The University of Southern California’s campus is normally flooded with students on their way to class, studying with friends or just hanging out. With school now fully online, USC is experiencing a different kind of fall semester. The school grounds are now desolate aside from the COVID-19 testing sites.
The university expects students to fully acclimate to online learning. However, staring at a computer screen for six to seven hours a day is already causing burn out amongst students.
Majors, like film and television production,normally involve hands-on learning. Now, university COVID-19 protocol requires film students finish their senior thesis projects through Zoom.
The film production program accumulates into this final thesis project. Students pitch their ideas and four projects are picked for the cohort to work on. What results is usually a short film, or sometimes a documentary, sitcom, or tv drama. The cohort of students work together to finalize the work to show their friends, family and peers in a final presentation in Norris Theatre.
Hands-on vs. Hands-off
“It’s Zoom fatigue for sure,” production major Connor Williams says. “It’s hard to stay involved on a computer screen, talking about making movies when I’m used to being in class actually doing that.”
Senior production students normally spend seven-hour days working on projects in groups.
“I think the biggest element that I’m missing from in person is the social aspect,” Williams says. “Being in the hallway and getting a coffee with other projects and talking to other producers about how their projects are going it’s just so much easier to stay in the loop on what everyone else is doing.”
A bachelor’s degree at USC is roughly $300,000 over the course of four years. The school refused to lower tuition or offer refunds, despite not offering students the expected opportunities that come with being on-campus.
Production students normally are given state-of-the-art film equipment to work with. Now they rely on their cell phones to film. Still, Williams notes that faculty has been helpful to the students in adapting to this new learning space.
“I think the biggest source of conflict has been with the administration and the students because their communication has not been what it should be,” Williams says.
From May to July, the USC School of Cinematic Arts went back and forth over whether classes would be in person or hybrid, and concluded in August that the program would be completely remote. At first, a few production classes were allowed to meet in-person, socially distanced and masks required. However, on August 5, Provost Charles F. Zukoski and Vice President David Wright revealed to the students that they never received permission from Los Angeles County for hybrid classes and that everything would be moved to remote learning.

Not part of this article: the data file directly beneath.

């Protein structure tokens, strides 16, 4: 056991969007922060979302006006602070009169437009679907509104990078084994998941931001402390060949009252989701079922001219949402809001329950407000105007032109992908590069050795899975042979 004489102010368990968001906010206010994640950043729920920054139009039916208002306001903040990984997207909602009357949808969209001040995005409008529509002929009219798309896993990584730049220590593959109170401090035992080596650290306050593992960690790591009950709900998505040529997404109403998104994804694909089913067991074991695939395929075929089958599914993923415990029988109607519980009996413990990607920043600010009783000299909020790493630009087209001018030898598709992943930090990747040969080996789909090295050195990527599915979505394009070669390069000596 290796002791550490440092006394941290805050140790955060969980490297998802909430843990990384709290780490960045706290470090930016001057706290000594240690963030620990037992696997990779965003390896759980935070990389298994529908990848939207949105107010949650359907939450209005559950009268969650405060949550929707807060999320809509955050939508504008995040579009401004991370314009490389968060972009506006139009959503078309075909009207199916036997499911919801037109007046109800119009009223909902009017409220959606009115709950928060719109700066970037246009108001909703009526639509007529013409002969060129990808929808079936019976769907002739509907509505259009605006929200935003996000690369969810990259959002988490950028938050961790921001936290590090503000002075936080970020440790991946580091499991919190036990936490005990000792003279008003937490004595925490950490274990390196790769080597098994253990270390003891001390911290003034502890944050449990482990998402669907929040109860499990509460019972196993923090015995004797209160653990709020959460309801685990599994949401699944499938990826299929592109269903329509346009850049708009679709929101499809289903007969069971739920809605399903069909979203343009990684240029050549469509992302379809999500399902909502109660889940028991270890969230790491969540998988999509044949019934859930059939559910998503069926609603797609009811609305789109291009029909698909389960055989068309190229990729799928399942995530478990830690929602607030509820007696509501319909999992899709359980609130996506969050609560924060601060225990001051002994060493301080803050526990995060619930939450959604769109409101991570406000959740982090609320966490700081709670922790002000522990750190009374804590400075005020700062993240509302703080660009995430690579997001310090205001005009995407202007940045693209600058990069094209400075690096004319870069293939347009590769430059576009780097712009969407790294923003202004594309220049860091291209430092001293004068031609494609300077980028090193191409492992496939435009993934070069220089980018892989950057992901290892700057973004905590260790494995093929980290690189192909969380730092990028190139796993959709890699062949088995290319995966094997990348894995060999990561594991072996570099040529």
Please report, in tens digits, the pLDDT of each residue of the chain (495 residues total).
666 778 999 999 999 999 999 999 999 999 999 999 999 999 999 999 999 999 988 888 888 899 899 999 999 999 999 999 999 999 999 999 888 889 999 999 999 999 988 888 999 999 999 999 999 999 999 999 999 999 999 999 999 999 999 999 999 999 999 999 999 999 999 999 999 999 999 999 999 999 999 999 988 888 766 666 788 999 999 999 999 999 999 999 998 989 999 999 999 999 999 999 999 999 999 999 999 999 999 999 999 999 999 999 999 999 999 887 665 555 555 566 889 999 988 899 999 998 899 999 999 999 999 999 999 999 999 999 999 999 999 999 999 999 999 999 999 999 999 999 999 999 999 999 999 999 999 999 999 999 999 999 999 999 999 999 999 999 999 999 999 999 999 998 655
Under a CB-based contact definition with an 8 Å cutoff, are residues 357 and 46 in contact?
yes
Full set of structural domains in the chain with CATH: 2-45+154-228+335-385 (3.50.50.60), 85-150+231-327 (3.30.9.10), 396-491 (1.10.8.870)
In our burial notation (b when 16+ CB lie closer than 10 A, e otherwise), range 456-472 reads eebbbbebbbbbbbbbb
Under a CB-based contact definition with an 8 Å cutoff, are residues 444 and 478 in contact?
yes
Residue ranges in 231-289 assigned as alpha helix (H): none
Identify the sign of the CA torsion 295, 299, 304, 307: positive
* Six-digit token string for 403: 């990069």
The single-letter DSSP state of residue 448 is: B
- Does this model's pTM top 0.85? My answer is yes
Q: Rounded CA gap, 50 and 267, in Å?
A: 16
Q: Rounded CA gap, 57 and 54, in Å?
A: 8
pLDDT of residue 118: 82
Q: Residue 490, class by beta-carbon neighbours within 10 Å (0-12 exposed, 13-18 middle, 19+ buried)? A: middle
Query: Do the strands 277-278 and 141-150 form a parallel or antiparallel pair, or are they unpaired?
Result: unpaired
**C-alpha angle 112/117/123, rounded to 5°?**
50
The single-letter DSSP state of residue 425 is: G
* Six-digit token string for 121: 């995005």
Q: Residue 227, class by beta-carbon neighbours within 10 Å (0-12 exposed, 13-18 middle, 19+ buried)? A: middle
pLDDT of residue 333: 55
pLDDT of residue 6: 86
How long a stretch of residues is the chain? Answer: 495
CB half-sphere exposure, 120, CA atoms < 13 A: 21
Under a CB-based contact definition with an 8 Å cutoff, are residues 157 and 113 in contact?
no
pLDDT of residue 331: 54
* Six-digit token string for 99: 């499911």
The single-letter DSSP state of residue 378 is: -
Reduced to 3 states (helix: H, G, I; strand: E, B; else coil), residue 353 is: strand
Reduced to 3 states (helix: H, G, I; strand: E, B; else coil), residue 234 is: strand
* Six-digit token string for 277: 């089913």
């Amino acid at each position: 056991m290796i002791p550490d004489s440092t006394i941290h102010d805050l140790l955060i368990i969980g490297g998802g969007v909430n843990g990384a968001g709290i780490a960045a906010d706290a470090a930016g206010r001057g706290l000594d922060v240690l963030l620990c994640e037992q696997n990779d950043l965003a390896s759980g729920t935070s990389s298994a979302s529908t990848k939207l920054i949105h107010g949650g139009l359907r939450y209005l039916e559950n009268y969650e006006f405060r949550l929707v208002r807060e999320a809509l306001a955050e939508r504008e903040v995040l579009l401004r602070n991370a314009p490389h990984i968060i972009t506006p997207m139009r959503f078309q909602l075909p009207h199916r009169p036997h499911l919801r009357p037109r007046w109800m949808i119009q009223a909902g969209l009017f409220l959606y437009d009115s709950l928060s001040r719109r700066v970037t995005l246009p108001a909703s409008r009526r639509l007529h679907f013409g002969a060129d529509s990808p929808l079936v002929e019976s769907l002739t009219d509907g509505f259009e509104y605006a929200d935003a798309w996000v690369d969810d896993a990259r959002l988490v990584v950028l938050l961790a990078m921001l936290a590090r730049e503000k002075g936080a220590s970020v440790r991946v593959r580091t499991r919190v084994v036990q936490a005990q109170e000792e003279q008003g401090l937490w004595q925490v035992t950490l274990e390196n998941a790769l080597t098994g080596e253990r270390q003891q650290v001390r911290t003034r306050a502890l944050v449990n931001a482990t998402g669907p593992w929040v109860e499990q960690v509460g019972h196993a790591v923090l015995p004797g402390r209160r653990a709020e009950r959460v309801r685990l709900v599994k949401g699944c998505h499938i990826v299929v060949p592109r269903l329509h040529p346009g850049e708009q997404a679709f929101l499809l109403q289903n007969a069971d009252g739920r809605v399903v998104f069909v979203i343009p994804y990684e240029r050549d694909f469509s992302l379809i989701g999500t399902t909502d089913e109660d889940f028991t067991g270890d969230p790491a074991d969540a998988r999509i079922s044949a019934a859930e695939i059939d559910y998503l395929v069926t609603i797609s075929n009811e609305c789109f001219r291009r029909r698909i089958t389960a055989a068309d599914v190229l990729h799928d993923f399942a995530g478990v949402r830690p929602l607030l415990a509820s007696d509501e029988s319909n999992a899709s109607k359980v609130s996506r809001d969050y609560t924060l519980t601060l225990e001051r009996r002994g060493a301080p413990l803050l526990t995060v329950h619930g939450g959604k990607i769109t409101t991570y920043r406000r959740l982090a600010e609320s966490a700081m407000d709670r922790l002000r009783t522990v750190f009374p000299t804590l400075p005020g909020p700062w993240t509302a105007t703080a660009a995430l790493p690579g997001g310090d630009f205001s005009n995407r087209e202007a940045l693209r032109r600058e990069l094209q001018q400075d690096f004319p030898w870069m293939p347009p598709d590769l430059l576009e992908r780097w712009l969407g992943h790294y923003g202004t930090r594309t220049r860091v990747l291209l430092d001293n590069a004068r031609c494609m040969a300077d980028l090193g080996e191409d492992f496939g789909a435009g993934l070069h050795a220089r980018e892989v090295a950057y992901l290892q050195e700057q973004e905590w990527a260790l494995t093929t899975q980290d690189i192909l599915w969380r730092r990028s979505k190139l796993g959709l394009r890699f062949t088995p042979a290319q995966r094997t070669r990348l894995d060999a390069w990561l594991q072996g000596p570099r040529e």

Adapting to Zoom
USC junior Alexia Sambrona is normally highly involved in extracurriculars. While double majoring in cognitive science and neuroscience with a minor in LBTQ+ studies, Sambrona is the executive director of USC Student Assembly for Gender Empowerment, otherwise known as SAGE.
During the fall semester, SAGE celebrates Body Love Month, an initiative that educates about the importance of taking care of the body. Last year’s events included a fair with food and body health resources, a screening of “Miss Representation” and speakers, such as “The Good Place” actress Jameella Jamil.
“Online we are trying to figure out speaker events through Zoom,”Sambrona says. “[However], that poses a unique set of challenges.”
The challenges include recruiting new members through Zoom and finding effective ways to communicate online.
Going back to school has unleashed various challenges for students throughout the university area. Los Angeles is in the midst of a heatwave, which has caused occasional power blackouts around the campus area. In addition, some community members walk around maskless.
Many students have taken to social media to remind their peers that they are guests in South L.A., as COVID-19 cases have risen since students returned to the neighborhood.
Privileged white kids who were able to come out & live in the USC area who are now partying every single day, inevitably spreading corona to their counterparts (which will affect surrounding neighborhoods more than themselves) is in fact selfish and white privilege at it’s finest
— dara✨ (@dara_adedara) August 22, 2020
Sambrona notes her professors have been accommodating, but wishes administrators would listen to students.
“The majority of the problem with online is the fact that we’re not getting the same college experience. It’s harder to connect to our professors,” Sambrona says. “A lot of students don’t have a quiet space to relax. Especially first-gen, BIPOC, low-income students.”
In addition to her involvement with SAGE, Sambrona also started USC Care Collective, an Instagram page to put together resources and services for students from marginalized communities.
“We’re not saying we can’t adapt to online,” Alexia states. “We are saying that a lot of us don’t even have the resources to be okay.”